Very early in my blogging career, I decided that I wasn’t going to act as a clearing-house for stories covered by national newspapers. The only kinds of readers I was interested in attracting were people who didn’t need me to tell them about the day’s events. I’m not a goddamned anchorman.
And so I won’t bother to comment on the The New York Times’s story that David Berkowitz (the “Son of Sam”) has apparently been “born again.” I’ll only ask: Is that good news for everybody who didn’t get shot during his first life? Anyway, he’s now apparently having conversations with the voice of a god instead of a dog. Does he speak to it backwards?
However, I will tell you about a story covered locally here in Jesus-yucky. I don’t really object to the story being run; it’s a national first, so maybe it is news. What pisses me off is the headline: Liberty School teaches country’s beginnings. That’s a blatant falsehood, and the editors responsible should be fired immediately.
Vacation Liberty School is a money-raising, power-grabbing scheme by Glenn Beck. Naturally, its debut incarnation appeared miraculously here in the BlewGas state. Under the guise of “teaching” about the early days of America, Beck and his minions are stressing nine principles.
- America is good.
- I believe in God and He is the center of my life.
- I must always try to be a more honest person than I was yesterday.
- The family is sacred. My spouse and I are the ultimate authority, not the government.
- If you break the law you pay the penalty. Justice is blind and no one is above it.
- I have a right to life, liberty and pursuit of happiness, but there is no guarantee of equal results.
- I work hard for what I have and I will share it with who I want to. Government cannot force me to be charitable.
- It is not un-American to disagree with authority or to share my personal opinion.
- The government works for me. I do not answer to them, they answer to me.
I happen to agree heartily with a few of those points, particularly numbers 6 and 8. I have no philosophical problem with number 5 — although it should definitely apply to big corporations, too — or number 7 (except for its grammar), even though it’s merely a pose aimed at avoiding societal responsibility. (It should apply when taxpayers fund faith-based initiatives, but, of course, its proponents won’t, or can’t, make that connection.) Number 9 sounds nice, but the government doesn’t actually work for any one person; it works for the collective public. To do so effectively, it might actually have to work against certain specific individuals, like murderers, child molesters, and would-be theocrats.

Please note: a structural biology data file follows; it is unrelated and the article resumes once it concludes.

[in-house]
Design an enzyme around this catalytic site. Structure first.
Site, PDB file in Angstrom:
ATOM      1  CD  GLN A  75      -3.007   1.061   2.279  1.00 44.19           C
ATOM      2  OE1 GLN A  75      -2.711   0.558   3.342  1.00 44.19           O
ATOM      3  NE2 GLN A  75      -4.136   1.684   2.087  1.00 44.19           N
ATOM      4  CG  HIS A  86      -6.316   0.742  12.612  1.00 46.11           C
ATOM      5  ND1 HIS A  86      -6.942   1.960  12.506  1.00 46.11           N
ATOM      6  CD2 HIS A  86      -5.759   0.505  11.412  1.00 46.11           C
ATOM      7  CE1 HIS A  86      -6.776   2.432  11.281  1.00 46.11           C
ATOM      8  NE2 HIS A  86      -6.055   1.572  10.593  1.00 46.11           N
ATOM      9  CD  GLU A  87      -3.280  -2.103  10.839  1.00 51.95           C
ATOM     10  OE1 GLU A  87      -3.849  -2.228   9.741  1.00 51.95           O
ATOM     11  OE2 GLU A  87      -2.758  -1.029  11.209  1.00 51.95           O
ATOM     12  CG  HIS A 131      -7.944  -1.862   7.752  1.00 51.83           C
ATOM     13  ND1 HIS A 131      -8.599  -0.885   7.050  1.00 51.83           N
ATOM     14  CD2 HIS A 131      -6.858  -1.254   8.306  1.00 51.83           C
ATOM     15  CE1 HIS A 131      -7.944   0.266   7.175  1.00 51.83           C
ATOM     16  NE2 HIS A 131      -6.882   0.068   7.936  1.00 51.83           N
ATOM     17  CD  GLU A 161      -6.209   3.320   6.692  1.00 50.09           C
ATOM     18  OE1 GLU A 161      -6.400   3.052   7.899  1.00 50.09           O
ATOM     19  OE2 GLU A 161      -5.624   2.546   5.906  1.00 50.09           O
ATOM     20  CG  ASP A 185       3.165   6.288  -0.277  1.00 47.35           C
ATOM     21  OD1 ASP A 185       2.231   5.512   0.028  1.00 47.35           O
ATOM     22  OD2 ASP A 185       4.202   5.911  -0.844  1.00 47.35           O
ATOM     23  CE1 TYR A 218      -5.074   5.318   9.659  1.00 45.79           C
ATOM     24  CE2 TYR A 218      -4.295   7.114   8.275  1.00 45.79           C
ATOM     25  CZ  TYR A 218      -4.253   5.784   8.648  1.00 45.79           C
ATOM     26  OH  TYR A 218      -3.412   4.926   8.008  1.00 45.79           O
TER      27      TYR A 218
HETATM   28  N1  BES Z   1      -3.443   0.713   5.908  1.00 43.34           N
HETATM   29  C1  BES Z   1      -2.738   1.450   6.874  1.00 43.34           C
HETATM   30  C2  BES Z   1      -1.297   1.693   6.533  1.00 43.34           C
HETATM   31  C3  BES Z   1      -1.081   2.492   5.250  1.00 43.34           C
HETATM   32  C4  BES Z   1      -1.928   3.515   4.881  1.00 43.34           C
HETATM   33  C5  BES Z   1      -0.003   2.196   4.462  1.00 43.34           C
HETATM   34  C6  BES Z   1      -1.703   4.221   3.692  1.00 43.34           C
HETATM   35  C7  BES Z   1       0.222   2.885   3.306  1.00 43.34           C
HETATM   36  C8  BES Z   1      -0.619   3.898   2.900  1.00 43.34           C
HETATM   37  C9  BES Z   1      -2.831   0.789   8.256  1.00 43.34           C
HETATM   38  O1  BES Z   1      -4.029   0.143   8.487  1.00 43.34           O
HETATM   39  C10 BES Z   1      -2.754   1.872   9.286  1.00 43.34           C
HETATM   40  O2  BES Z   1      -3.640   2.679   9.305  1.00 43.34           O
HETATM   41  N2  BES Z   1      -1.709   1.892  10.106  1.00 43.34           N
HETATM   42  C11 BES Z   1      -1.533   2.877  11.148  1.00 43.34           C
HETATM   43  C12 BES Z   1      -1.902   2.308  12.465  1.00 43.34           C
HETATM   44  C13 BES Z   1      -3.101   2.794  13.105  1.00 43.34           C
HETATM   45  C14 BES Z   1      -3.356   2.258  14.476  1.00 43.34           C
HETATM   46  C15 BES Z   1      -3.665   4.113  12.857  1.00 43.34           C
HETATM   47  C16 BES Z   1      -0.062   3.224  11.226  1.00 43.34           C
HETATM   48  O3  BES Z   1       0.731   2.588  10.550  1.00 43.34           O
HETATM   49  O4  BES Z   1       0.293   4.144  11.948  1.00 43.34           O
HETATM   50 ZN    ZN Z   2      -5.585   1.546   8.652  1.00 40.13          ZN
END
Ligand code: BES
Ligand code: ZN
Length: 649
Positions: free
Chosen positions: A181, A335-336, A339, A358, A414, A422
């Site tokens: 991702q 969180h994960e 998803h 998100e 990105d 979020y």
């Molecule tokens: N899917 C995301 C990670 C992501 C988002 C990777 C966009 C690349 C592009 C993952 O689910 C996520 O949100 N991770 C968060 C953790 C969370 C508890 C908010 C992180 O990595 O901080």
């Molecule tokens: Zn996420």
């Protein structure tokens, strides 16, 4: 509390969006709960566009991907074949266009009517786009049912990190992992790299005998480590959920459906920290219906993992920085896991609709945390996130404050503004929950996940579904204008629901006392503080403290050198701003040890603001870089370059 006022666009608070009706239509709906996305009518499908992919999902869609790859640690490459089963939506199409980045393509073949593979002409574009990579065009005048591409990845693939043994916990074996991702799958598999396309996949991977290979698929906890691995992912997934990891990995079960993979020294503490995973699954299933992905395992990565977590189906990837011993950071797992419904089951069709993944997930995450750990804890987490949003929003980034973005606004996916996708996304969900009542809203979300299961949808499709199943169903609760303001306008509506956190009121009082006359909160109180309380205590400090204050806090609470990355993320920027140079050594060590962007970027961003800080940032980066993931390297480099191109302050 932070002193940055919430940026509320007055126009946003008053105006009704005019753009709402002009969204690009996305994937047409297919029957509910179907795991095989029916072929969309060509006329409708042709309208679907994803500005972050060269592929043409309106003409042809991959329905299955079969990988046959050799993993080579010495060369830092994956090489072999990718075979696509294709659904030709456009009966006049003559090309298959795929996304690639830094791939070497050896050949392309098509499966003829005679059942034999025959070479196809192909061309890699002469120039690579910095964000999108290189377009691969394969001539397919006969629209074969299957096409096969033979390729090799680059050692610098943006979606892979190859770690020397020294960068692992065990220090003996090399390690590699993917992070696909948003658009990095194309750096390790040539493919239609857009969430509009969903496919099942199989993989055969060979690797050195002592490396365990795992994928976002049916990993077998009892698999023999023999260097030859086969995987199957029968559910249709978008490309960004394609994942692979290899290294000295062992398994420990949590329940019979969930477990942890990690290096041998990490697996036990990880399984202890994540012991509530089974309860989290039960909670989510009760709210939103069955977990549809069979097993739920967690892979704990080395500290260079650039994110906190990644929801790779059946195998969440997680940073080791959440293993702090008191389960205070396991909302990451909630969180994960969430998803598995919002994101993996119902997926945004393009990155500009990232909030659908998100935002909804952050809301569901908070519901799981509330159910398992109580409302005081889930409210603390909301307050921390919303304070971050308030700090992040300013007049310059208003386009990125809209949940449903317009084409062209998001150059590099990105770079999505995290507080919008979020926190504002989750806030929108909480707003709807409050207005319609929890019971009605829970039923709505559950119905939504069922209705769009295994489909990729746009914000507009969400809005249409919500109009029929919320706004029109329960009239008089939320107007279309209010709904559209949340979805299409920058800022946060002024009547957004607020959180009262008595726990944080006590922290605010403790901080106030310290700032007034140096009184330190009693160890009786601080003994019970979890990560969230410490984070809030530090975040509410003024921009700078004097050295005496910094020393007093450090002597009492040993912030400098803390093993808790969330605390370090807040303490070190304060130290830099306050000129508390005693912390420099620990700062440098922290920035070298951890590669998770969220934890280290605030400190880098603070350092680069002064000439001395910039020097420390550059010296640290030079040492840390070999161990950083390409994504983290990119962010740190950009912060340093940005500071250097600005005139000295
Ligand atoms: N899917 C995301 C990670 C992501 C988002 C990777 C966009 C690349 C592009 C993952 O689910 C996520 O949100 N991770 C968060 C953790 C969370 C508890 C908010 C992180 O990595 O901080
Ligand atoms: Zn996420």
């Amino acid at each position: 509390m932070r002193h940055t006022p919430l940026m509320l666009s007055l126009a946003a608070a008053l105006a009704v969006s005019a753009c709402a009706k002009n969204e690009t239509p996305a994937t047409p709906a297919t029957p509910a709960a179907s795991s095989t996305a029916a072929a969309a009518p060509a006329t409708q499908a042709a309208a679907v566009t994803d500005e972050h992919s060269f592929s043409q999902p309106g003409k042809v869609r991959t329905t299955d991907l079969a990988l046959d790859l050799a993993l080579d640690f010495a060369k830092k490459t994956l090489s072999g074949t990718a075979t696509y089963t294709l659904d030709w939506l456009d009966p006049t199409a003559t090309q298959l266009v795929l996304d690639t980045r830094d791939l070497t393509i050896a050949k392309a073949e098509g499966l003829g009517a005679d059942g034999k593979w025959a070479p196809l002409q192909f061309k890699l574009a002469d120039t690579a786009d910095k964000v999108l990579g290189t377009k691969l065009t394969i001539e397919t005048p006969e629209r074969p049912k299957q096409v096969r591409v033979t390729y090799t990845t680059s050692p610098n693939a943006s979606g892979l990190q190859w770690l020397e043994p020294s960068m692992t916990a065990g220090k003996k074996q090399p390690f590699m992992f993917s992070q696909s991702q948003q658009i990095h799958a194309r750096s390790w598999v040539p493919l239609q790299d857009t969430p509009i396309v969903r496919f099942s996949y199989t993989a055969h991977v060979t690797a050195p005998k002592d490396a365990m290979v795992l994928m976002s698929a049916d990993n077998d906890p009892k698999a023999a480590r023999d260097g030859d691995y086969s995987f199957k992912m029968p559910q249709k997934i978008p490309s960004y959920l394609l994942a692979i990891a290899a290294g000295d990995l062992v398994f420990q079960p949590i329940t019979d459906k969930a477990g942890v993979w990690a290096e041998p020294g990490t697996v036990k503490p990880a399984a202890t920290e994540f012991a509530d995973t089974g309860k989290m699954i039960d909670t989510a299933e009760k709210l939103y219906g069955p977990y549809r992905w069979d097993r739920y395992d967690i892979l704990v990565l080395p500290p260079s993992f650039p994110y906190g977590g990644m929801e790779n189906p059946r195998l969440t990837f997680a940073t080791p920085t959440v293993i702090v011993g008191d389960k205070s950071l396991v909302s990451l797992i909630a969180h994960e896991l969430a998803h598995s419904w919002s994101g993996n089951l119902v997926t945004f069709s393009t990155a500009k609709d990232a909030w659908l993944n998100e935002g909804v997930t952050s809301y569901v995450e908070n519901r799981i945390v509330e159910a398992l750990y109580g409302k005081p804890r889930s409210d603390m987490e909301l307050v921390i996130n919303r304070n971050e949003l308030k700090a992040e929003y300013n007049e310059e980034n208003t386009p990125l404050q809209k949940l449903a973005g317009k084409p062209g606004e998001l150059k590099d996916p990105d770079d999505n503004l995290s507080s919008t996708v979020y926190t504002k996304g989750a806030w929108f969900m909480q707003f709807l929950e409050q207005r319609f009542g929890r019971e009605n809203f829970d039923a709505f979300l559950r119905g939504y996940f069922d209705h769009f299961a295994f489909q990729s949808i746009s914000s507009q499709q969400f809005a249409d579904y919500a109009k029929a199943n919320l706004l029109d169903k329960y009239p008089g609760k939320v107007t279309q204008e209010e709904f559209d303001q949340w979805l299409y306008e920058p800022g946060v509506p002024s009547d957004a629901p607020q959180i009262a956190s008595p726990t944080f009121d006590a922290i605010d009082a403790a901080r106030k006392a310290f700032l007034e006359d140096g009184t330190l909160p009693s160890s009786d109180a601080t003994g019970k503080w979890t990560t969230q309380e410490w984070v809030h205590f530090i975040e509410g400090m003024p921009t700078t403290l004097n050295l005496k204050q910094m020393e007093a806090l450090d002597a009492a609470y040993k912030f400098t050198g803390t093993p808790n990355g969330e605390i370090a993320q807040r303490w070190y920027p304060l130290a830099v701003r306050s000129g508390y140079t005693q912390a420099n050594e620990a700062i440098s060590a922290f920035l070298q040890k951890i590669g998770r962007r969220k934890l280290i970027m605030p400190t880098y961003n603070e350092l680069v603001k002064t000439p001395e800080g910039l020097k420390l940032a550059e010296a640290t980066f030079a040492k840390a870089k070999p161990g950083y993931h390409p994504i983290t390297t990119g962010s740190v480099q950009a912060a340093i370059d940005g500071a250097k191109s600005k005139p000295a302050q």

Number 3 is silly, but not bad, even though it assumes that there are gradations of honesty (there aren’t). The attendees of Liberty School wouldn’t need such a principle unless they’d started off on the lying end of the spectrum, so it doesn’t hurt to ask them to try to be more truthful. Of course, the text is ironic, because Glenn Beck has made a name for himself by misrepresenting everything he discusses. He ought to be forced to read that sentence aloud every waking minute of his day, and it should be piped into his head when he’s sleeping.
The other numbers are pure bullshit. For example: The belief that one’s country is good merely because it’s one’s country is a recipe for disaster. And it contradicts number 8. Of course, the people likely to go to Vacation Liberty School don’t understand self-contradicting principles, or they wouldn’t be so gung-ho about the appropriately ordered “number 2.” The third item is non-historical; except in the case of John Adams, I don’t think there’s any indication that the rest of the Founding Fathers gave a rat’s ass what their spouses thought. (Of course, it is possible that Madison kowtowed to his wife when he had a hankering for ice cream.)
In case you’re wondering, Georgetown’s Vacation Liberty School was held at a – oh, you’ll never guess! – a Baptist church. Surprised?